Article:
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Australia Multicultural candidates make their voices heard in Victorian local government elections

23:16  16 october  2020
23:16  16 october  2020 Source:   abc.net.au

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a person smiling for the camera: Jasmine Nguyen is running for a local council seat in Brimbank. (Supplied) © Provided by ABC Health Jasmine Nguyen is running for a local council seat in Brimbank. (Supplied)

Jasmine Nguyen says she comes from people with a history of resilience.

The daughter of Vietnamese refugees, Ms Nguyen said the privilege of being born in Australia has been deeply ingrained in her, along with the sense of responsibility to "give back".

This year, the 23-year-old is running for a seat on the Brimbank council in Melbourne's western suburbs.

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She's one of several candidates from different cultural backgrounds taking part in the Victorian local government elections.

They want to see more diverse representation by the time mail-in voting closes next week.

Jasmine Nguyen: 'Representation really matters'

Ms Nguyen's mother, the daughter of a South Vietnamese Army colonel, fled the war-torn country when she was still a teenager.

On the escape boat, she met Ms Nguyen's father for the first time.

"That is quite the first date — very dramatic dating," Ms Nguyen said.

Her parents were fearful of encountering pirates, being caught by the government — which could have resulted in prison time or death — or sinking.

But after three days they were intercepted and taken to a refugee camp in Malaysia, before being resettled in Australia in 1982.

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Ms Nguyen said her parents were incredibly grateful to Australia for taking them in, and for the education and opportunities, including the freedom to express themselves and vote in a democracy.

This year marks 45 years since the first Vietnamese refugees came to Australia in 1975, and Ms Nguyen is one of six second-generation Vietnamese Australians to run for local council seats in 2020.

"There's still not enough representation of Vietnamese Australians in leadership, media, politics," Ms Nguyen said.

"We could be the voice, and the bridge between two different generations and two different cultures."

Brimbank is one of the most multicultural local government areas in the state, with just under half its population being born overseas.

Ms Nguyen said the youth demographic was also under-represented, despite 40 per cent of the local population being under 30.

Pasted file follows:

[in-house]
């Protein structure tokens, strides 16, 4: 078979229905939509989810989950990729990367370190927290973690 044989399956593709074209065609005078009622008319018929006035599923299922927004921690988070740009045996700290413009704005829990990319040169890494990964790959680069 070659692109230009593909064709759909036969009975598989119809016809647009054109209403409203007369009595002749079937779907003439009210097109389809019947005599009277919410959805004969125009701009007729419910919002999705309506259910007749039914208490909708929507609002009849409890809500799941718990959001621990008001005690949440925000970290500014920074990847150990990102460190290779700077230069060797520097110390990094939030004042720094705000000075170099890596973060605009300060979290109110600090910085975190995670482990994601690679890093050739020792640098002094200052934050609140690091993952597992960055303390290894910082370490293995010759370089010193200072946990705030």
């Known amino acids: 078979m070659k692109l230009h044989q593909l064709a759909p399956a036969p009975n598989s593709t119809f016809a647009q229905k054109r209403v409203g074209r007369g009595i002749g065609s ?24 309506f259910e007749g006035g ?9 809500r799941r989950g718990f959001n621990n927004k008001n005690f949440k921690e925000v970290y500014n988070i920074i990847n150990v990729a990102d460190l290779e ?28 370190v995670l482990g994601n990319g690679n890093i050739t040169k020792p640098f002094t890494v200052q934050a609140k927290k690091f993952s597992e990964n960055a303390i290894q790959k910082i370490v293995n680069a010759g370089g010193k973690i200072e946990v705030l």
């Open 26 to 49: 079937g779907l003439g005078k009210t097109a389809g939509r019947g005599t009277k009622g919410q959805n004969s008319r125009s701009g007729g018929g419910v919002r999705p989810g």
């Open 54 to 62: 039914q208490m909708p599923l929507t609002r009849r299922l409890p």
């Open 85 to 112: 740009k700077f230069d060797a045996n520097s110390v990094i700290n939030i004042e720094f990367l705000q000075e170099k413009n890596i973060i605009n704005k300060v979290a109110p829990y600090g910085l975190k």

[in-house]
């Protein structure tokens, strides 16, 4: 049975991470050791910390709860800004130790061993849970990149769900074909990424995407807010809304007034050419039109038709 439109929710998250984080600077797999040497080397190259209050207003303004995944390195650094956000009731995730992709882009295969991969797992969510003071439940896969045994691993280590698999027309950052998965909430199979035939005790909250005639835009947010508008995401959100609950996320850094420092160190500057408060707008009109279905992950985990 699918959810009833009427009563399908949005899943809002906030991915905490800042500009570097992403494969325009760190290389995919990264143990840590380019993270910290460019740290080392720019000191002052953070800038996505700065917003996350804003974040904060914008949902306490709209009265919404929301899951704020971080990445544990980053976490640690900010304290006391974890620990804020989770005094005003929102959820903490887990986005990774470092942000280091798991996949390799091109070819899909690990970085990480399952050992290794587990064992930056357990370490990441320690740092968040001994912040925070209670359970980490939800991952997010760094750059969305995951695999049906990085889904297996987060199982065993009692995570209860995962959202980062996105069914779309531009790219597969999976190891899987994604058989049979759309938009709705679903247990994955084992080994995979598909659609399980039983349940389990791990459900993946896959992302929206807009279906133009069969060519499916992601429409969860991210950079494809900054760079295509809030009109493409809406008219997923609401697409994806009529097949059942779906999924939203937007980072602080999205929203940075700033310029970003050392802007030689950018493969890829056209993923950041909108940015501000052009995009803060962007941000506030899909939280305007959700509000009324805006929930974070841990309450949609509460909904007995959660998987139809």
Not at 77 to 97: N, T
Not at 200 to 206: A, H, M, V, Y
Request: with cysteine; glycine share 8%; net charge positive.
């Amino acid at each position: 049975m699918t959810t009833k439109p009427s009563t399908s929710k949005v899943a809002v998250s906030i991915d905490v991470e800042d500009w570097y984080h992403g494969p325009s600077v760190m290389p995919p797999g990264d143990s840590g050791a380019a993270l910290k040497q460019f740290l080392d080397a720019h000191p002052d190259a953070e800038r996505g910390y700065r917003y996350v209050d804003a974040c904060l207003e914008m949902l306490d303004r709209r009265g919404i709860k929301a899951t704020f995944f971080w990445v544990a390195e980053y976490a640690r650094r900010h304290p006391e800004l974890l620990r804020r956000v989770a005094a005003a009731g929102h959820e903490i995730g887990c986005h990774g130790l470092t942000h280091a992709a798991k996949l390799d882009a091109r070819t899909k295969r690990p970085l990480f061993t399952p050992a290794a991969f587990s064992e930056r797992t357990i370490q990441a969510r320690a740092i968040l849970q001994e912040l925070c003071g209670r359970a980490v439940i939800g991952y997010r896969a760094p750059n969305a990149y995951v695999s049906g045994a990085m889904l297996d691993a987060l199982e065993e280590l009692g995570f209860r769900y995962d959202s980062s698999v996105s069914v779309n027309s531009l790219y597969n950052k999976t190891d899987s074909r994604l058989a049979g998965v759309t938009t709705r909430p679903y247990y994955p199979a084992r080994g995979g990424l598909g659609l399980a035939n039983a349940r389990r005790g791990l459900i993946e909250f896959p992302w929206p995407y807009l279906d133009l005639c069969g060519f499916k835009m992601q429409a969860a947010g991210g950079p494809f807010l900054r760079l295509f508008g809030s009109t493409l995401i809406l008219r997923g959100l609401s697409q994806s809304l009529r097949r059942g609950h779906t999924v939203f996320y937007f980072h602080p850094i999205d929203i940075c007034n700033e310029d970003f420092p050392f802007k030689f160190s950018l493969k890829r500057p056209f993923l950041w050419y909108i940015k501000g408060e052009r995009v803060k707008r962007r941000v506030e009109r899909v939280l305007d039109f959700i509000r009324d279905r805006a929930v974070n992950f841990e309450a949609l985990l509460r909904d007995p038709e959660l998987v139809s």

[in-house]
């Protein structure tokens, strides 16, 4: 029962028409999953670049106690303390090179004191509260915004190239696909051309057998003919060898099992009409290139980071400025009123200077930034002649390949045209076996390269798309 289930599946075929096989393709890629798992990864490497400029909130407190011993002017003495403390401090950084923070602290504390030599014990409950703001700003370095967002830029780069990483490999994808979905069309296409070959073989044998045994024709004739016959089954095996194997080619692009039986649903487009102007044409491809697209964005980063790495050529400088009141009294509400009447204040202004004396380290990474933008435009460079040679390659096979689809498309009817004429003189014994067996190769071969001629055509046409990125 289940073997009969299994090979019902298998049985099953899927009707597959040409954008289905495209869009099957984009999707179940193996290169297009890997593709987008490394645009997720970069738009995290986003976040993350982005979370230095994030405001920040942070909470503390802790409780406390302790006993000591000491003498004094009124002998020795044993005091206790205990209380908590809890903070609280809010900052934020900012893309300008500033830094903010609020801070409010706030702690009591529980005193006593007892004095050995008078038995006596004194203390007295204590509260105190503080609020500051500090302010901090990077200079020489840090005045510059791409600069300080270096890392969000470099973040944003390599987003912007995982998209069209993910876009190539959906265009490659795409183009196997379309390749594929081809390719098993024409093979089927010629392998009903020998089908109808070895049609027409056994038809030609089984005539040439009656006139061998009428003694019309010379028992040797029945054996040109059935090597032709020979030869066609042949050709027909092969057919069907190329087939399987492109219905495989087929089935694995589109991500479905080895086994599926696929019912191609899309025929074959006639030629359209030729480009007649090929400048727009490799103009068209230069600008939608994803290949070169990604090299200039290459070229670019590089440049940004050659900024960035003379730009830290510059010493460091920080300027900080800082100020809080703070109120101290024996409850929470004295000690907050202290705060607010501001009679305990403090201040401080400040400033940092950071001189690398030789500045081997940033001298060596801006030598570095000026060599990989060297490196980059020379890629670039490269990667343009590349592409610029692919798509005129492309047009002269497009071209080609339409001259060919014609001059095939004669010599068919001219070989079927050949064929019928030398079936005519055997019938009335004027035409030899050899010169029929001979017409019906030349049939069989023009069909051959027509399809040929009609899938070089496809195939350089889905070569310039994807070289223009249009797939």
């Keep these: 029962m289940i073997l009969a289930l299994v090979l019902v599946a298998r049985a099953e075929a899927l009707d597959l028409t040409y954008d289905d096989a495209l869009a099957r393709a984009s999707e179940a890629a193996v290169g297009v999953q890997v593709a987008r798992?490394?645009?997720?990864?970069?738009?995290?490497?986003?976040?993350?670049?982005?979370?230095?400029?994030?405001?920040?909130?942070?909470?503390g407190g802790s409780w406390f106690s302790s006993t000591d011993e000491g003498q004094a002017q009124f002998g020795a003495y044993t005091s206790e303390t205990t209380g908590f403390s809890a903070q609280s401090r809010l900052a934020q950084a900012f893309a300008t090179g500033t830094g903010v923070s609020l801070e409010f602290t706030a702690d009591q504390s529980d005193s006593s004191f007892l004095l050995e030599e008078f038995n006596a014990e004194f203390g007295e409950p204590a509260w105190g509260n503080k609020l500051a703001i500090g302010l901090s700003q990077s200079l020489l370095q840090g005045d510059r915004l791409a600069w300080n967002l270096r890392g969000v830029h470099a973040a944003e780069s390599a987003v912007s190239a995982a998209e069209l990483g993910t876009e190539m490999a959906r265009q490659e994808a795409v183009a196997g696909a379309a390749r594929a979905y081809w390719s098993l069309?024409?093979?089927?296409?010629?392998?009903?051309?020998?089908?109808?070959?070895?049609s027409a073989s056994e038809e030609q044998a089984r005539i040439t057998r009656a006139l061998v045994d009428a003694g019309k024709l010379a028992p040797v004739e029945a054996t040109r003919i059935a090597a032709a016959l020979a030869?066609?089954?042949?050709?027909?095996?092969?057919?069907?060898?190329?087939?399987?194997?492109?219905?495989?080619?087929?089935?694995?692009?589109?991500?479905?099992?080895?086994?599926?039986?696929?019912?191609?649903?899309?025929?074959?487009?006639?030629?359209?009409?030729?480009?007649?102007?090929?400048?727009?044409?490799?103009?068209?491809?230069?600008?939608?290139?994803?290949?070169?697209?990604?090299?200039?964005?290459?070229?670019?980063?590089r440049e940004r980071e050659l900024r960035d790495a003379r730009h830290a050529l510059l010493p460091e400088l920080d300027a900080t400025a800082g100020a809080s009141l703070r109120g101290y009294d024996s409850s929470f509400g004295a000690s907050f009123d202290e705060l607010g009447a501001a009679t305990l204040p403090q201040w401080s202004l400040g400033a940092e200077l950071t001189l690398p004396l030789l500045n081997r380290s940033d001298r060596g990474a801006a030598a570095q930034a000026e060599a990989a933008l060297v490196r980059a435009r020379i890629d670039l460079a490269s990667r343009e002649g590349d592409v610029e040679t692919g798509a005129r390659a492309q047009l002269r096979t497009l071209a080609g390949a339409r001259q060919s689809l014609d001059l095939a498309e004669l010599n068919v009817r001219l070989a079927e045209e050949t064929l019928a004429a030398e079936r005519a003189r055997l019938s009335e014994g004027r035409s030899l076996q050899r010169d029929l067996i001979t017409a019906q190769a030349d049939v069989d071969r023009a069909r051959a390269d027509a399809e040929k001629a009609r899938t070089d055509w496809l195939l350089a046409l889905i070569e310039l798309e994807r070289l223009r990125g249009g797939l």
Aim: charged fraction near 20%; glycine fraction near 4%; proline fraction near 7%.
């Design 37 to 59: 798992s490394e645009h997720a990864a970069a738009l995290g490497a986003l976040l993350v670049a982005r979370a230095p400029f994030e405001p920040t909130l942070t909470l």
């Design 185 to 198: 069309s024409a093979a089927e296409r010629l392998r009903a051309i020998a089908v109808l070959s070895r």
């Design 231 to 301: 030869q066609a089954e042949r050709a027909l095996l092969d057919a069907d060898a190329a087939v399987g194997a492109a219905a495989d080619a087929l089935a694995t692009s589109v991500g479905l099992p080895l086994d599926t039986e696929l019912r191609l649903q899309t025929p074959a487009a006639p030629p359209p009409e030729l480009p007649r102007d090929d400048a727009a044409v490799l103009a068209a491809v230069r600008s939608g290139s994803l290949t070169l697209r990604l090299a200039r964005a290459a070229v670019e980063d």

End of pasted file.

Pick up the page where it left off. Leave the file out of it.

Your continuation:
"Representation really matters because you need to have diverse perspectives on the council," she said.

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She said historically in Australia, ethnic minorities like Greeks, Italians and Vietnamese faced not only the challenges of learning a new language in a foreign country, but racism too.

"The Vietnamese Australian community can empathise with what the new waves of migrants and refugees are going through. Now being one of the more established communities in Australia, we want to give back and help them too," she said.

"It's important to embrace both cultures, use them as a strength, not as a disadvantage."

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Amina Liban was just seven years old when she moved to Australia with her family from Somalia.

Coming from a completely different culture, Ms Liban said it was "quite a shock" for her and her eight siblings at that time.

She never thought that 20 years later she would be running for a council seat in Banyule, in Melbourne's north-east.

Although she's seen progress in terms of cultural acceptance and inclusivity in Victoria, she told the ABC that there was still a lack of opportunities for people of colour.

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"It's kind of like you're trying to provide service to a certain community [but] if you're not culturally aware to meet those community needs, how then do you provide the best service?"

Ms Liban said she wanted to represent people with African heritage and the Muslim faith, like her, but she also wanted to see more women involved.

"Within council overall, I think there's not [enough] gender balance," she said.

Ms Liban said it was disappointing to see "a very ugly" stigmatisation to her community during the pandemic.

In July, two Melbourne public housing estates were put in mandatory lockdown. Some African Australian residents told the ABC they felt like they were "in a prison".

Muslim leaders also said the community was "unfairly tarnished" by reports linking COVID-19 infections to Eid celebrations.